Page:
When was the last time Michigan regularly played through a big man? Maybe in the 2009-10 season, when forward DeShawn Sims was a senior, but that team ran through Manny Harris.
This year, Michigan is starting to realize that it needs to play through its 6’11” center, Moritz Wagner. Forward DJ Wilson has also been critical. John Beilein’s typical guard-oriented approach has not disappeared, but didn’t work at all last night in a 53-50 win over Texas.
“I was thinking about that today of where we are,” John Beilein said as he acknowledged the shift in playing style. “Rebuilding, retooling, remodeling, re-everything, with Moe’s emergence right now — he’s a long ways away — but it gives us another way to play.”
Michigan’s starting backcourt of Derrick Walton, Zak Irvin, and Muhammad-Ali Abdur-Rahkman scored a combined 13 points on 19 shots. Meanwhile, Wagner (15 points) and Wilson (13) led the team in scoring and combined for 11 rebounds and four assists. Forward Duncan Robinson added 12 points off the bench.
“I thought Wagner was terrific,” Texas head coach Shaka Smart said after the game. “I thought he was the best player on the floor today.”
Praise from opposing coaches has been a running theme for Wagner this season. One lost sleep after seeing on tape how well Wagner had played in a previous game. Another said he could be a pro.
“I thought he was the best player on the floor today.”
Wagner was a point guard when he first started playing basketball, and those skills showed against Texas. He got the vibe that his teammates weren’t attacking offensively, so he did, often catching the ball on the perimeter and driving past his man. He converted 7-of-10 two-point shots. His put-back after an offensive rebound with 20 seconds left was the game-winning basket.
While Wagner couldn’t find his outside shooting touch (0-of-3 from deep to bring his season mark down to 50 percent), Wilson did, burying two corner threes. Both played well on the other end of the floor, too. With Michigan up one in the final seconds, Wilson funneled Texas’ Eric Davis, Jr. towards Wagner, who blocked Davis’ shot.
Beilein said the block, as well as an earlier defensive play by Wagner, would have been fouls on the big man last season, but he’s learning when to leave his feet. A week ago, Wagner found himself on the bench for critical stretches of Michigan’s loss to Virginia Tech because of defensive issues. Now, despite some translation issues in between the coaches and the German-born Wagner in the huddle, Beilein is pleased with his defensive development.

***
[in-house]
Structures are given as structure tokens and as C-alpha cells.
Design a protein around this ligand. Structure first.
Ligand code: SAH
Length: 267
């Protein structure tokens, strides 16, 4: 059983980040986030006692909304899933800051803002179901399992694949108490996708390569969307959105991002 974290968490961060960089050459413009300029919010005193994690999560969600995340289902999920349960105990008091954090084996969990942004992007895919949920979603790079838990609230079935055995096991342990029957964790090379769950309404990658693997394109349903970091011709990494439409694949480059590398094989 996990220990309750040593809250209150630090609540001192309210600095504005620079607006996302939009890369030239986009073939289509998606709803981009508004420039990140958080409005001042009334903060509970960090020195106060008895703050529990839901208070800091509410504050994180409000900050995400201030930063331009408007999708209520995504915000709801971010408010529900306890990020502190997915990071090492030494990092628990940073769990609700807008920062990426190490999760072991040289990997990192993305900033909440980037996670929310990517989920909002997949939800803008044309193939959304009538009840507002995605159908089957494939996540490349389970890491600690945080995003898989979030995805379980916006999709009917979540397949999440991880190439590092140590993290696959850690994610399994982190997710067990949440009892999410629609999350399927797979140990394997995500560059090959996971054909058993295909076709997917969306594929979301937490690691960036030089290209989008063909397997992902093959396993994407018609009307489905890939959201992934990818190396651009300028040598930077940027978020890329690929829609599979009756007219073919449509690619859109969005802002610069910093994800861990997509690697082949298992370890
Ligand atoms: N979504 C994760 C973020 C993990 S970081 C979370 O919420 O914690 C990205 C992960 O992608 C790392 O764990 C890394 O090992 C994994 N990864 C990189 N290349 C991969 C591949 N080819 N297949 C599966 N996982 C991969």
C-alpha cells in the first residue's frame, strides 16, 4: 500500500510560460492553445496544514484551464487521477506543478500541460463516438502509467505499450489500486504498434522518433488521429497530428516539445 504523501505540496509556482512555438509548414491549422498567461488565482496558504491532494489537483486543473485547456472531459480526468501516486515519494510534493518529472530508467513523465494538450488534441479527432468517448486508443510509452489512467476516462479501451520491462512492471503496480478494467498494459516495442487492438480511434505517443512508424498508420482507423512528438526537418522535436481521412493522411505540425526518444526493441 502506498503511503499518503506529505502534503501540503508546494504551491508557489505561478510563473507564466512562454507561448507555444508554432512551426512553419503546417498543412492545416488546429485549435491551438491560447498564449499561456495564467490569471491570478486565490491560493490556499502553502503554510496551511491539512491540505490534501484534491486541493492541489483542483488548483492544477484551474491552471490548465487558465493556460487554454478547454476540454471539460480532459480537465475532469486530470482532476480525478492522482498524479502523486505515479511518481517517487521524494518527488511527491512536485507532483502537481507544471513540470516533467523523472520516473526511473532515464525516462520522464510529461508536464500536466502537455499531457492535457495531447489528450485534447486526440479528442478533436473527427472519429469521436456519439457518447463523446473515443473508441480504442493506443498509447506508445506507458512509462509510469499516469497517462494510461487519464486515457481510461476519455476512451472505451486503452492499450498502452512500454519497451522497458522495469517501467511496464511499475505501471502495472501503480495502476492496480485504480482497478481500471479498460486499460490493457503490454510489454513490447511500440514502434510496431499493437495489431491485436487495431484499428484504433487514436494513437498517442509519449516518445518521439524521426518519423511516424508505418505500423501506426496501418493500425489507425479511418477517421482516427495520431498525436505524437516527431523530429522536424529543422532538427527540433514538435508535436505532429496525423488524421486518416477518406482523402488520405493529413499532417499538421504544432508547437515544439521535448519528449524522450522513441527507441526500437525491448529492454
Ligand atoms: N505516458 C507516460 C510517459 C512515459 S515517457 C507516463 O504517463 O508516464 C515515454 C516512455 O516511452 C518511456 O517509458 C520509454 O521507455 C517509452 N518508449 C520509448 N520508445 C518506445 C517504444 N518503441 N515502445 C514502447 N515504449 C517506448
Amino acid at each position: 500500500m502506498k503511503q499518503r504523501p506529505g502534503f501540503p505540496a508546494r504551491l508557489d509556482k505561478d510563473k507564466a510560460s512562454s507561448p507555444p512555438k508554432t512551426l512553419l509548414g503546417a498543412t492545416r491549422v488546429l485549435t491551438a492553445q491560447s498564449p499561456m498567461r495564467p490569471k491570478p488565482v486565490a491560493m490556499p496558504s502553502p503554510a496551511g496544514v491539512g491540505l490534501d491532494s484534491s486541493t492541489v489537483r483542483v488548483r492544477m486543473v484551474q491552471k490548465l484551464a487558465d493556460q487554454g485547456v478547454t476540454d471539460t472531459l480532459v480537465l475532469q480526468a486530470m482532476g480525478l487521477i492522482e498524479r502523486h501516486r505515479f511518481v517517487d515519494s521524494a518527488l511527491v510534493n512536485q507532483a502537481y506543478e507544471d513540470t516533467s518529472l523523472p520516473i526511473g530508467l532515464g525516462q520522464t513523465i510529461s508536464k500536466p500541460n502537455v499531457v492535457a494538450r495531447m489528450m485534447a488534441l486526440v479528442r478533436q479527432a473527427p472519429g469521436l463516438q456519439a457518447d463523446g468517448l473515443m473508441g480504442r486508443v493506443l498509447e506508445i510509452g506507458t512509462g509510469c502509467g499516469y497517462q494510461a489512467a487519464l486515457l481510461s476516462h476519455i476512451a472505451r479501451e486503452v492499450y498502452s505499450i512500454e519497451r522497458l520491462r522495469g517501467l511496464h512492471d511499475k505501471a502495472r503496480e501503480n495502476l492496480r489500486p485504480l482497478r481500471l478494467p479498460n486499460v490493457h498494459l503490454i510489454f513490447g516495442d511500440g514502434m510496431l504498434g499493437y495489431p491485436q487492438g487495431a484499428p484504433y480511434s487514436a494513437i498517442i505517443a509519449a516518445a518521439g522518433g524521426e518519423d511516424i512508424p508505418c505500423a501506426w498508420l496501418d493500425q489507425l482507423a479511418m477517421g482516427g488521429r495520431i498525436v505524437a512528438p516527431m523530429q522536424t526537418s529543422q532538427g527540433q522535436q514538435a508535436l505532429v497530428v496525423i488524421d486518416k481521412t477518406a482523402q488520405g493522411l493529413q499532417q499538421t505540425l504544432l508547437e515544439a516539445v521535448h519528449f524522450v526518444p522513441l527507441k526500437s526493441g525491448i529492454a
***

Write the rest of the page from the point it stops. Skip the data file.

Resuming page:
“I was shocked,” Beilein said of Wagner’s defense. “When I wanted to make a defensive substitution at the end and put Mark in for Moe, Billy said ‘No, Moe is really hedging the ball screen well.’ So we stayed with him down the stretch.”
The move paid off as Wagner came through with the winning plays.
“Most of the time I know where I am, but the coaches want me to be somewhere else,” Wagner said with a smile when asked about his defensive court awareness.
The frontcourt play was critical given the guards’ struggles.
Speaking of Walton and Irvin, the senior captains, Beilein said, “They’re so much better than that. Derrick’s trying to shoot over length when he can [instead] drive and find people. Zak, there was nothing about his game except that three-pointer.” It was Irvin’s lone basket on eight shot attempts.
Abdur-Rahkman hasn’t made a field goal the past two games and has cracked double-digits scoring just once in the past five.
“He’s got to be a better player than he’s playing,” Beilein said. “He’s lost a little confidence right now.” Beilein said Abdur-Rahkman can’t let his offense affect his defense. Regardless, Michigan will continue to explore a bigger lineup with Robinson in his place.
Given their inexperience and skill sets, it’s fair to assume players like Wagner and Wilson have more room to grow than the upperclassmen guard trio of Walton, Irvin, and Abdur-Rahkman. The potential is exciting for the bigs; you pretty much know what you’re going to get from the backcourt.
That doesn’t mean the guards can’t give Michigan more than they have much of this season. They almost certainly will. Walton and Irvin are both capable of efficient, 20-point games. For stretches last year, especially late in the season, Abdur-Rahkman was the guy to score off the dribble when Michigan needed a basket.
Michigan is relying on its big men more so than in the recent past. When that’s not, like last night, out of necessity, the Wolverines will become a more dangerous team.